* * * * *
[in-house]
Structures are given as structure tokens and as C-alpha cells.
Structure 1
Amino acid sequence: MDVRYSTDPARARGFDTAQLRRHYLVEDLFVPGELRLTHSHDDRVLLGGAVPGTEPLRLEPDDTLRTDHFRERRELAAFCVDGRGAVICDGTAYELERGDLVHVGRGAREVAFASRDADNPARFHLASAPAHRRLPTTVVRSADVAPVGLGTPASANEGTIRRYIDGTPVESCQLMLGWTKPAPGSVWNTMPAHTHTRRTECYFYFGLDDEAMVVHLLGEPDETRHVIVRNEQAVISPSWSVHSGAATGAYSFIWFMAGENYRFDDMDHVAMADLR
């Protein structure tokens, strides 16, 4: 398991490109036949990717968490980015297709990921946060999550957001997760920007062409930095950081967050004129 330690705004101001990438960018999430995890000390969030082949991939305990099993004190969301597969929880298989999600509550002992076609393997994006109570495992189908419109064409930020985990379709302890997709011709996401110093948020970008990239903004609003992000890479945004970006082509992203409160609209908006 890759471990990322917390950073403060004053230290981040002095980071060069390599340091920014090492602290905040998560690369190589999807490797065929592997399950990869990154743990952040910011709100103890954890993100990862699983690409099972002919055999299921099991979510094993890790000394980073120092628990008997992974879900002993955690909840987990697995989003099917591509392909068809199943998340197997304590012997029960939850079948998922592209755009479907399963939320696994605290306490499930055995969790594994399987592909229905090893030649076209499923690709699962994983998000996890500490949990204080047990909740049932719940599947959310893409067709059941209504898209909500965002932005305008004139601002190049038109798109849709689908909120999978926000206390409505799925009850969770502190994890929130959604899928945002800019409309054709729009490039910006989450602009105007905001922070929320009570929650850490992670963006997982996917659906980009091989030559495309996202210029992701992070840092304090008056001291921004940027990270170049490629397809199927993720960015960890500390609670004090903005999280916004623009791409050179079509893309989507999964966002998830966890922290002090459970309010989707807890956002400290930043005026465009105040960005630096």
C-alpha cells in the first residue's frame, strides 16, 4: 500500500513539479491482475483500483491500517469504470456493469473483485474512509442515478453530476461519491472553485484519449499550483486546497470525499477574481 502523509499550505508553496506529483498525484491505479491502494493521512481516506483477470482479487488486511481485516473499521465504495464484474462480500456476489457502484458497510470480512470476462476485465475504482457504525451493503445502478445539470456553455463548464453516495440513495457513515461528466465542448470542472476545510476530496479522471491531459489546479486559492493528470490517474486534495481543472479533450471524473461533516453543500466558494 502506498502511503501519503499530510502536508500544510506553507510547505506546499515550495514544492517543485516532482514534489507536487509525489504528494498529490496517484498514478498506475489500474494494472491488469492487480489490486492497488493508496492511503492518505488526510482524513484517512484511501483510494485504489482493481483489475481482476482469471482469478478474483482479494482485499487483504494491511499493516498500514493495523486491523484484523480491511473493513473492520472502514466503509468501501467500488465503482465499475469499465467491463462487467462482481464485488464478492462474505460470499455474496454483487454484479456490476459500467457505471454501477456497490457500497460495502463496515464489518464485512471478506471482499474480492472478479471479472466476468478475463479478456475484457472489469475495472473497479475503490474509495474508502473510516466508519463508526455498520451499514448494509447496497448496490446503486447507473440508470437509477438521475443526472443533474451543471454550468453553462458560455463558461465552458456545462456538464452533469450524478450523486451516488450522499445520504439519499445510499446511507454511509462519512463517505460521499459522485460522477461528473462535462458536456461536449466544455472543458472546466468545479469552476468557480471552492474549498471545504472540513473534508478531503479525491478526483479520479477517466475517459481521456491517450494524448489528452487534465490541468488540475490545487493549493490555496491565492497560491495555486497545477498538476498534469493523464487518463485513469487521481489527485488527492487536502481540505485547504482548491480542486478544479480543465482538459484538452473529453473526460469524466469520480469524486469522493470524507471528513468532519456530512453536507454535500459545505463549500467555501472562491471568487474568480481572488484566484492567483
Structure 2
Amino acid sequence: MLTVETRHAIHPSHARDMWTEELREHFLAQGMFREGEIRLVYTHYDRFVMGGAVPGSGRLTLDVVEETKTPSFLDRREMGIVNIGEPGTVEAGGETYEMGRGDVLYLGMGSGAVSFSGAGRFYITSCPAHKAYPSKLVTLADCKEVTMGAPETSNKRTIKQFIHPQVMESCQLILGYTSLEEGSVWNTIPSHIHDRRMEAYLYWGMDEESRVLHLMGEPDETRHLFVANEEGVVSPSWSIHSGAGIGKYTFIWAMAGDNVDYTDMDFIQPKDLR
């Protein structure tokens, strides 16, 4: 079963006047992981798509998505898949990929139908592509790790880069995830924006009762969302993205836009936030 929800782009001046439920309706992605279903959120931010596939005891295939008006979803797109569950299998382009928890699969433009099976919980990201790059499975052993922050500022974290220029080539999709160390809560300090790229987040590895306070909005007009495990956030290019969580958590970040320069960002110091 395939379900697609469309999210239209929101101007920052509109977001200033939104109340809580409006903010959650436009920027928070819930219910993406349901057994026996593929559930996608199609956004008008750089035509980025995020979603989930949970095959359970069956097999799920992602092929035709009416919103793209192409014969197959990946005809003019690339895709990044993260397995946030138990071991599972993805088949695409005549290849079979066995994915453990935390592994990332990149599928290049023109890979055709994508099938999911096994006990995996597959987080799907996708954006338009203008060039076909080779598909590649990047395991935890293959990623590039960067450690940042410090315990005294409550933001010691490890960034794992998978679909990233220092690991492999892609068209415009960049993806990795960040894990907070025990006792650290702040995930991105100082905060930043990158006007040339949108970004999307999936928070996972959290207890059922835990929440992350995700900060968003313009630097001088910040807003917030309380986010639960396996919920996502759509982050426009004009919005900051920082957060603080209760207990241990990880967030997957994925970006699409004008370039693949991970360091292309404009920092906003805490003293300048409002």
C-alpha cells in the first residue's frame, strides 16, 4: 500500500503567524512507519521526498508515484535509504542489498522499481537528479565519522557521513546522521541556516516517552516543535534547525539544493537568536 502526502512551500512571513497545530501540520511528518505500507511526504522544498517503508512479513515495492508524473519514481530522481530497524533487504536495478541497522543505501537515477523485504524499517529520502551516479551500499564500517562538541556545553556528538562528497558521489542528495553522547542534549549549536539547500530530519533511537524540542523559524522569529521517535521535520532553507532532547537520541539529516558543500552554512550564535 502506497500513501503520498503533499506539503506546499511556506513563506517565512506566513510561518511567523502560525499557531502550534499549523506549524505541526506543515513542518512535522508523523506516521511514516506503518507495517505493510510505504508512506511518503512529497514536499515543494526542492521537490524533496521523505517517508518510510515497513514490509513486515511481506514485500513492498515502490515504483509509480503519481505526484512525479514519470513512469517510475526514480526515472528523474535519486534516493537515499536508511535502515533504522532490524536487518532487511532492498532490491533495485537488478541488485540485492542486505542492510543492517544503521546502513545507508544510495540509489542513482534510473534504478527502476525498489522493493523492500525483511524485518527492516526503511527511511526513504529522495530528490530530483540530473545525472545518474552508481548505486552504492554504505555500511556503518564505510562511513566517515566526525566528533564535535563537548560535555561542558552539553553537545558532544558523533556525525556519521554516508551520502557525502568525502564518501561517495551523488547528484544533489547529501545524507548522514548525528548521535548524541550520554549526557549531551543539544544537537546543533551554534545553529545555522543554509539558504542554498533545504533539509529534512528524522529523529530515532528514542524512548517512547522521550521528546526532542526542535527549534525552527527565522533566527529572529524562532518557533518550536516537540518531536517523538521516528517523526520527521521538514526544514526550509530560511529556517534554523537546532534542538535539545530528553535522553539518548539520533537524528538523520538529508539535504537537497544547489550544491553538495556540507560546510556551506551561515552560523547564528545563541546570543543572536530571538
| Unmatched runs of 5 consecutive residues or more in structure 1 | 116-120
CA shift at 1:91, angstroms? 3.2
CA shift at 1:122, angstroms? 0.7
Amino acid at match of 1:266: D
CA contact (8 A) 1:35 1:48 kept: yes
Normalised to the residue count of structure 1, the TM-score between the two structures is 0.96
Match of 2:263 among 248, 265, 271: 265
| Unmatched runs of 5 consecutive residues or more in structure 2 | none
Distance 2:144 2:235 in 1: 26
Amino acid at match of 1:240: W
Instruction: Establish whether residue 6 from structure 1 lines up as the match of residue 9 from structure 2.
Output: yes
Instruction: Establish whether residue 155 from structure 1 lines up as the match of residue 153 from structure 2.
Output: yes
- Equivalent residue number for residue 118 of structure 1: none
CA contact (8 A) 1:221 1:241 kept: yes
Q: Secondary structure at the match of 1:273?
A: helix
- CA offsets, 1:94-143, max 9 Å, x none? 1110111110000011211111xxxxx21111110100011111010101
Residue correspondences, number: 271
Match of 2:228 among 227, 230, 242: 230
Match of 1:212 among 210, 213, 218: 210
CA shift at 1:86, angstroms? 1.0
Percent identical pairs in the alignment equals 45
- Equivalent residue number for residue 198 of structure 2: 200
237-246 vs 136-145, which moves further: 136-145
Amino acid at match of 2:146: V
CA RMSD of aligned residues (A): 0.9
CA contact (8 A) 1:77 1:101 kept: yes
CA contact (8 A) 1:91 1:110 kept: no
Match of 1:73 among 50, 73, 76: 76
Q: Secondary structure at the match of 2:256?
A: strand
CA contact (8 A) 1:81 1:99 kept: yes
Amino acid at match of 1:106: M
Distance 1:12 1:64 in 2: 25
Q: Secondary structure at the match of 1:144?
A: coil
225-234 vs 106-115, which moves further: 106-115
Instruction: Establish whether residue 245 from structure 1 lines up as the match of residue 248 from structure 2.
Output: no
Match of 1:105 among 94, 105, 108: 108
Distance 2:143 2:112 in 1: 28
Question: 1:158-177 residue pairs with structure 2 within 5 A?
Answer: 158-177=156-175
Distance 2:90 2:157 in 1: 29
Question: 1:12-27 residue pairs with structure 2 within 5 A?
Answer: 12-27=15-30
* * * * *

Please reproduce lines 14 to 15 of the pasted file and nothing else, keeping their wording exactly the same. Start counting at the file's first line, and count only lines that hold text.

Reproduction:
Amino acid at match of 1:266: D
CA contact (8 A) 1:35 1:48 kept: yes